Google Play sign-ins can be abused to track another person's movements

Google Play sign-ins can be abused to track another person’s movements

Even people that have been involved in cybersecurity for over 20 years make mistakes. I’m not sure whether that is a comforting thought for anyone or whether everyone should be worried now. But it is what it is and I make it a habit of owning my mistakes. So here goes.

With the aid of Google I was able to “spy” on my wife’s whereabouts without having to install anything on her phone.

In my defense, this whole episode happened on an operating system that I am far from an expert on (Android), and I was trying to be helpful. But what happened was unexpected.

What happened?

I installed an app on my wife’s Android phone and to do so, I needed to log into my Google account because I paid for the app. All went well, but after installing the app and testing whether it worked, I forgot to log out of Google Play. Silly, I know, but there you have it.

As it happens, at the time I installed the app on my wife’s phone I was investigating how much information the Google Maps Timeline feature was gathering about me. The timeline is an often-overlooked Google feature that “shows an estimate of places you may have been and routes you may have taken based on your Location History”. I was curious to see what Google records about me, even though I never actively check in or review places.

I started noticing strange things but couldn’t quite put my finger on what was going on. It showed me places I had been near, but never actually visited. I figured this was nothing more than Google being an over-achiever. But a few days ago I got my update and a place was listed that I had not even been near, but I knew my wife had been. Then, suddenly, it dawned on me: I was actually receiving location updates from my wife’s phone, as well as mine.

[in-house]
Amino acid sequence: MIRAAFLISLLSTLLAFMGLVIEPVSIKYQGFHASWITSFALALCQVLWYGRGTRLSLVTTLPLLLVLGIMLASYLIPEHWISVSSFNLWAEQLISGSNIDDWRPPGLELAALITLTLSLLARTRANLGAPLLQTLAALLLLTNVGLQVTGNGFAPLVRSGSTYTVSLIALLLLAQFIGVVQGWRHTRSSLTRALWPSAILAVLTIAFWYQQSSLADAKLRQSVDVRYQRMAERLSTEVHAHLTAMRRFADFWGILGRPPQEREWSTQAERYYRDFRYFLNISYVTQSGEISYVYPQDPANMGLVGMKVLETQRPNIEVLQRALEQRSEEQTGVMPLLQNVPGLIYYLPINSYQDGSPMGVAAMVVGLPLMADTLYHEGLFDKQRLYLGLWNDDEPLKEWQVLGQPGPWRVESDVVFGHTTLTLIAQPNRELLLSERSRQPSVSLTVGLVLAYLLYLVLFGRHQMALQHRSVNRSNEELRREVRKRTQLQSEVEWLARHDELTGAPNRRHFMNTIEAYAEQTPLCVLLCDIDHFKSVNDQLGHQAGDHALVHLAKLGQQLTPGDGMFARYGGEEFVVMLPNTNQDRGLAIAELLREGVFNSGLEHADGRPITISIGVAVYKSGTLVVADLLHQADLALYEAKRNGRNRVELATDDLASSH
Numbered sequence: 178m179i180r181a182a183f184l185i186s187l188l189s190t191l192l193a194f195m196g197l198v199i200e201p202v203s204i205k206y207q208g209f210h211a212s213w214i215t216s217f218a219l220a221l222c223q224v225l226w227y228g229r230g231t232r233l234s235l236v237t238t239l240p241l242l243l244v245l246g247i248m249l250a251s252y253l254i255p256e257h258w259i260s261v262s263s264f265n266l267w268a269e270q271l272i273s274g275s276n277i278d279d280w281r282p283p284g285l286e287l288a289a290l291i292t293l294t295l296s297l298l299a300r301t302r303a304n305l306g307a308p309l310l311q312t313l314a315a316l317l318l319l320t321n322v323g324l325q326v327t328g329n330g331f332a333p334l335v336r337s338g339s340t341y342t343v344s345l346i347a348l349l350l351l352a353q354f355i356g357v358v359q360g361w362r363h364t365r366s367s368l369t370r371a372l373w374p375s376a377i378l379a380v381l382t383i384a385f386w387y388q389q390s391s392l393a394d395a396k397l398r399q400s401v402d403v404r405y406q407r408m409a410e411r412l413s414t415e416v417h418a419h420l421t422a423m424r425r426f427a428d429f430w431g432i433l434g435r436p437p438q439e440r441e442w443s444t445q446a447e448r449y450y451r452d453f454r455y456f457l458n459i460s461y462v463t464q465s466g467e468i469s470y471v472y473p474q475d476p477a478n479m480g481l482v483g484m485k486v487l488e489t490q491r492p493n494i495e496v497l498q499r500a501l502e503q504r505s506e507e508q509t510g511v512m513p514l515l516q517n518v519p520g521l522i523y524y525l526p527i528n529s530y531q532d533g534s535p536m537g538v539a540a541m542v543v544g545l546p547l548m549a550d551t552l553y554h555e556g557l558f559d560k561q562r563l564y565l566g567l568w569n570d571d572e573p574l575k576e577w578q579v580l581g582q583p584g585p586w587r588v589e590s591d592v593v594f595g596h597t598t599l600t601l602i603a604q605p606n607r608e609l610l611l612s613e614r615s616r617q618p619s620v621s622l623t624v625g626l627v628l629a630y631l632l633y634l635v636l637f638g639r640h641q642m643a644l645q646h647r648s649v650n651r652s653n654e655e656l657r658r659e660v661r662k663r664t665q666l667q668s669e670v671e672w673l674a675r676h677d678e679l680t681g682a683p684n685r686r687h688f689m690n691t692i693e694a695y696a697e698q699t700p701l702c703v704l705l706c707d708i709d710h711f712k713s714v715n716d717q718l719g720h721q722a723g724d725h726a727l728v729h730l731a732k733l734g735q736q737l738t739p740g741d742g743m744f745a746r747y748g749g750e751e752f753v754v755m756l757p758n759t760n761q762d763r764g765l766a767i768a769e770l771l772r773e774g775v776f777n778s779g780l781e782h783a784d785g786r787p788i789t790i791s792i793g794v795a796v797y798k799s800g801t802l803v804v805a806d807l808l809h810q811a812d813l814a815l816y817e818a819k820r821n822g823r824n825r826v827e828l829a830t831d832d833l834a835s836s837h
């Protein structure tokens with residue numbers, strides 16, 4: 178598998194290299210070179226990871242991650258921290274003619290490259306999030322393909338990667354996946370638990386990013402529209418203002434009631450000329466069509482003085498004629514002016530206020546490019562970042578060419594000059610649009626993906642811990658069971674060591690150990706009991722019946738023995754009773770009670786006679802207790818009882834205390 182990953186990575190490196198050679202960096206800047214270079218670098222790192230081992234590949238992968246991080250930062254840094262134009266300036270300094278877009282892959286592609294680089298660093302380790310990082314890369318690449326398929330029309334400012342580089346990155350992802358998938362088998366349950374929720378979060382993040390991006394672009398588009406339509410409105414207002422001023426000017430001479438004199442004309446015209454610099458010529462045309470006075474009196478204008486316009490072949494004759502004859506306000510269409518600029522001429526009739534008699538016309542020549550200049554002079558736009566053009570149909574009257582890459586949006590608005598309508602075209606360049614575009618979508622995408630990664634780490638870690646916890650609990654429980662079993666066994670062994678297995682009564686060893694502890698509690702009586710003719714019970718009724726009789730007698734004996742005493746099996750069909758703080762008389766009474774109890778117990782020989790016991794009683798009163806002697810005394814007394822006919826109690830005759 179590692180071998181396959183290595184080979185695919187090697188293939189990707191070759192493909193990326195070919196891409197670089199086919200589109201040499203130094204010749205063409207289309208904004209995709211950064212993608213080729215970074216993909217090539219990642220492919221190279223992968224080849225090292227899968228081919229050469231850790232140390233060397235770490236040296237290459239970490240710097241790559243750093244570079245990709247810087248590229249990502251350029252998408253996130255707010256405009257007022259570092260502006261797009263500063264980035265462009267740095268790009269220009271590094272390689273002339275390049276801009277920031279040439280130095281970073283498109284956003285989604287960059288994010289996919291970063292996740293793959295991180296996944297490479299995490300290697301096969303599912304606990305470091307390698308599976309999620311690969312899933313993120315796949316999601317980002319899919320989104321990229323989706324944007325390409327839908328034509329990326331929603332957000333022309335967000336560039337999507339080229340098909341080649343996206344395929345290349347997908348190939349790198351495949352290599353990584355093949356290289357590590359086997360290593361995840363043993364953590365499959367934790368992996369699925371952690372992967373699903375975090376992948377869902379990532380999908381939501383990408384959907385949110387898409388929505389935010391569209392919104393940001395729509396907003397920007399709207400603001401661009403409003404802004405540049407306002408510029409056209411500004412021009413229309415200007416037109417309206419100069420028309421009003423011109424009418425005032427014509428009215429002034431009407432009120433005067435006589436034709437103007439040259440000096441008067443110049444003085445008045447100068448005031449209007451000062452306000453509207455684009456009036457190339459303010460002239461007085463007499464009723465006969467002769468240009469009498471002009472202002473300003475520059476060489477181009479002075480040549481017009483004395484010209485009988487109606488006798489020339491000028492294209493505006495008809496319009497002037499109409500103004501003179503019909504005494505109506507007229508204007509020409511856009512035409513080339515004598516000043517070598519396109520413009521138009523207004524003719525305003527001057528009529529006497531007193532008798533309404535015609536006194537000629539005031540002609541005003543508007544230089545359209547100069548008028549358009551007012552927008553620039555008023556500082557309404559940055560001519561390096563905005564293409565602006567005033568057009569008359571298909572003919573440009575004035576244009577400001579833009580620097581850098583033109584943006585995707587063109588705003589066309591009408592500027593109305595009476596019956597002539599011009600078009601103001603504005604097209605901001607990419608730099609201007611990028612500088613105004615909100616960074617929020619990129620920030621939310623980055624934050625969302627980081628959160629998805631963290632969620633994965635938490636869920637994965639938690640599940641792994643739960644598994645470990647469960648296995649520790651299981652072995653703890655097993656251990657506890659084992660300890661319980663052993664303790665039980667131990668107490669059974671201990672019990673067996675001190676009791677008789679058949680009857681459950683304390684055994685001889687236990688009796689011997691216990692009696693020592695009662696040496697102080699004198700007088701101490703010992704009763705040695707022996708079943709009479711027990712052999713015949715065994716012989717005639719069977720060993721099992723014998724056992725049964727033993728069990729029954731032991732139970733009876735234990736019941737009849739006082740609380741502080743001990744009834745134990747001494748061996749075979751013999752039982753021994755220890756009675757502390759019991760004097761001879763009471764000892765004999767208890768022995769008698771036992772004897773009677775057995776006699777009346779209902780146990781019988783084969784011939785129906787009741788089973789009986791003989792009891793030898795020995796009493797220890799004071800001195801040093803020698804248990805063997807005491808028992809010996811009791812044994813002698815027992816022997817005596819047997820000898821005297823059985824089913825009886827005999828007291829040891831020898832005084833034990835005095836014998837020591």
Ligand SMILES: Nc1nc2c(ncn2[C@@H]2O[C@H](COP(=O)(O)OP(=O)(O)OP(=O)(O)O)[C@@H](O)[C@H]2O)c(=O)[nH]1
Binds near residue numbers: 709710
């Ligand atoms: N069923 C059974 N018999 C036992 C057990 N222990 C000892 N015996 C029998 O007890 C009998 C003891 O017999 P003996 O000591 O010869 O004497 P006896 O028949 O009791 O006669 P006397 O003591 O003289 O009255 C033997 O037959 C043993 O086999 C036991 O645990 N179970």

The only thing that might have alerted my wife to this unintentional surveillance—but never did—was my initial in a small circle at the top right corner of her phone, when she used the Google Play app. (You have to touch the icon to see the full details of the account that is logged in.)

After I logged out of Google Play on my wife’s phone the issue was still not resolved. After some digging I learned that my Google account was added to my wife’s phone’s accounts when I logged in on the Play Store, but was not removed when I logged out after noticing the tracking issue.

What needs to change?

I have submitted an issue report to Google, but I’m afraid they will tell me that it is a feature and not a bug.

There are a few things that Google could improve here:

The Google timeline was enabled on my phone, not on my wife’s, so I feel I should not have received the locations visited by her phone.

When I logged in under my account on her Google Play I got a “logged in from another device” warning. I feel there should have been something similar sent to her phone. Something along the lines of “someone else logged into Google Play on your phone.”

Google Play only shows the first letter of the Google account that is logged in.

Like I said, my wife never noticed, and it’s easy to imagine how even this small giveaway could be overcome by a malicious user.